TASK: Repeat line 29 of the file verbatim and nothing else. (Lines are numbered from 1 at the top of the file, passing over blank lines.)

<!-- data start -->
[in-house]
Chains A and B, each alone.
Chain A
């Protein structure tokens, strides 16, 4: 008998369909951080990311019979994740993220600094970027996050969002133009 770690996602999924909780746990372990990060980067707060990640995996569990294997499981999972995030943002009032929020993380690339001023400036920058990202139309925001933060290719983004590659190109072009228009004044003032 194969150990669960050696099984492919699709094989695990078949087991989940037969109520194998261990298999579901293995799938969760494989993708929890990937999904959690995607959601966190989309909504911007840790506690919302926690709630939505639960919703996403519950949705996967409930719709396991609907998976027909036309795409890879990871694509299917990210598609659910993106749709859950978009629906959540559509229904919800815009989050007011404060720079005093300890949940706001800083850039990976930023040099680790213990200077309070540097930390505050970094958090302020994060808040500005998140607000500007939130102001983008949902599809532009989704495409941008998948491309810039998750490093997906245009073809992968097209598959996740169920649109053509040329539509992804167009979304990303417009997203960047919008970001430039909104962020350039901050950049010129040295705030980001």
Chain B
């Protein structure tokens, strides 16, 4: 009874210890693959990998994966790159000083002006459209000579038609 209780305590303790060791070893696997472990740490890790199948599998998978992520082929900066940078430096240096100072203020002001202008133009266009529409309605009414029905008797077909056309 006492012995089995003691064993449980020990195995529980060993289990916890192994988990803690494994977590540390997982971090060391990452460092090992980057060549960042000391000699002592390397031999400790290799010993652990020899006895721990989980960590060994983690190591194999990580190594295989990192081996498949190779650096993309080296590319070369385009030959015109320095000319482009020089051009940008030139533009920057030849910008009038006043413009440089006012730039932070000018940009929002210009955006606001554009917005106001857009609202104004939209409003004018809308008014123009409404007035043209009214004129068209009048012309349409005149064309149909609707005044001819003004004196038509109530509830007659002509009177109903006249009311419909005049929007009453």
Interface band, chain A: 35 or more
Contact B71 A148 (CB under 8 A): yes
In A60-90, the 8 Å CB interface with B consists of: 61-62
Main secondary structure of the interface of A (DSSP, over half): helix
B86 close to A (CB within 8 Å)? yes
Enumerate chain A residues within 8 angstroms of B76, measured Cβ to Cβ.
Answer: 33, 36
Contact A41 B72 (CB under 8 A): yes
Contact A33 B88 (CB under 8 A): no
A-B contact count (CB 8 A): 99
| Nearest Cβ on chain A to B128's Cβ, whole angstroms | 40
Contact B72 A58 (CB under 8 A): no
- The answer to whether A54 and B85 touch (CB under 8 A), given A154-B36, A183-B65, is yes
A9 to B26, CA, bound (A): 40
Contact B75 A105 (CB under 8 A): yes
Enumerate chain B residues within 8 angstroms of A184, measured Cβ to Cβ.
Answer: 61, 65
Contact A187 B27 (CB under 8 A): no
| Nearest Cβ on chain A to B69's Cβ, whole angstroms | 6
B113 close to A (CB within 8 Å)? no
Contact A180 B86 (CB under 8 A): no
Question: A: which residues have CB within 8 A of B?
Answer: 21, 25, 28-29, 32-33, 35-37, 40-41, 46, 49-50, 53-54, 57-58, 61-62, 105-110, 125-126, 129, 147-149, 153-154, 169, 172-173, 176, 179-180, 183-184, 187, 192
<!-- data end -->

Answer: 21, 25, 28-29, 32-33, 35-37, 40-41, 46, 49-50, 53-54, 57-58, 61-62, 105-110, 125-126, 129, 147-149, 153-154, 169, 172-173, 176, 179-180, 183-184, 187, 192